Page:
Can skills assessment on a virtual reality trainer predict a surgical trainee’s talent in laparoscopic surgery?
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A number of studies have investigated several aspects of feasibility and validity of performance assessments with virtual reality surgical simulators. However, the validity of performance assessments is limited by the reliability of such measurements, and some issues of reliability still need to be addressed. This study aimed to evaluate the hypothesis that test subjects show logarithmic performance curves on repetitive trials for a component task of laparoscopic cholecystectomy on a virtual reality simulator, and that interindividual differences in performance after considerable training are significant. According to kinesiologic theory, logarithmic performance curves are expected and an individual’s learning capacity for a specific task can be extrapolated, allowing quantification of a person’s innate ability to develop task-specific skills.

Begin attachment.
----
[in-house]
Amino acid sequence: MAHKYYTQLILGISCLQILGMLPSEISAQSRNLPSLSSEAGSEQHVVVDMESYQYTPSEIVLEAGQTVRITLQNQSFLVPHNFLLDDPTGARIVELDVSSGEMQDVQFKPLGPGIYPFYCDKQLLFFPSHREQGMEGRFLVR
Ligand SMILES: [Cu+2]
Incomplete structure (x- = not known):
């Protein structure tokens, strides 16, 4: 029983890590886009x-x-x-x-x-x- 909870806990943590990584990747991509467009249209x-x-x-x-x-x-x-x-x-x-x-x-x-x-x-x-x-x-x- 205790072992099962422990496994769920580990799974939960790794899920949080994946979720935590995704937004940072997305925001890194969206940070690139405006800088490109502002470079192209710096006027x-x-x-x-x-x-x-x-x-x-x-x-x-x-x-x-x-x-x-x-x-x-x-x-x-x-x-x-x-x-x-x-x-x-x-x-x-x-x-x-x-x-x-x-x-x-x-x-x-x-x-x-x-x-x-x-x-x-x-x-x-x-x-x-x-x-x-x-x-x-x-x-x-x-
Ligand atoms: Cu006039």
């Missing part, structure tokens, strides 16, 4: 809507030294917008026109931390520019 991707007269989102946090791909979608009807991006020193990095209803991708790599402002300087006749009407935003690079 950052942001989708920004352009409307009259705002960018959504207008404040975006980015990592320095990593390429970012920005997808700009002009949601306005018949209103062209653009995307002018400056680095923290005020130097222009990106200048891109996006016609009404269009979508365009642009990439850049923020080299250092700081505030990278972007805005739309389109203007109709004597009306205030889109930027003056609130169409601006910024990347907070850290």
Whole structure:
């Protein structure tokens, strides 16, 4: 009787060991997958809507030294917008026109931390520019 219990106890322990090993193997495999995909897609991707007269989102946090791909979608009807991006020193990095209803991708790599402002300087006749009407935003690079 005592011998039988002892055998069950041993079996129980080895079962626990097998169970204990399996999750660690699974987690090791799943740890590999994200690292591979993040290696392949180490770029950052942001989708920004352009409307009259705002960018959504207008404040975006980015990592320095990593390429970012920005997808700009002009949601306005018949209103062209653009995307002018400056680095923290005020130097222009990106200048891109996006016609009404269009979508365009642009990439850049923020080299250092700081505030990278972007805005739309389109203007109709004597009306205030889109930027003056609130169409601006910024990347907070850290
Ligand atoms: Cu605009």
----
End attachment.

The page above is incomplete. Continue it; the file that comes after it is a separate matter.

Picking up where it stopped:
In this study, 20 medical students at the University of Basel Medical School performed five trials of a standardized task on the LS 500 virtual reality simulator for laparoscopic surgery. Task completion time, number of errors, economy of instrument movements, and maximum speed of instrument movements were measured.
The hypothesis was confirmed by the fact that the performance curves for some of the simulator measurements were very close to logarithmic curves, and there were significant interindividual differences in performance at the end of the repetitive trials.
Assessment of perceptual motor skills and the innate ability of an individual with no prior experience in laparoscopic surgery to develop such skills using the LS 500 VR surgical simulator is feasible and reliable.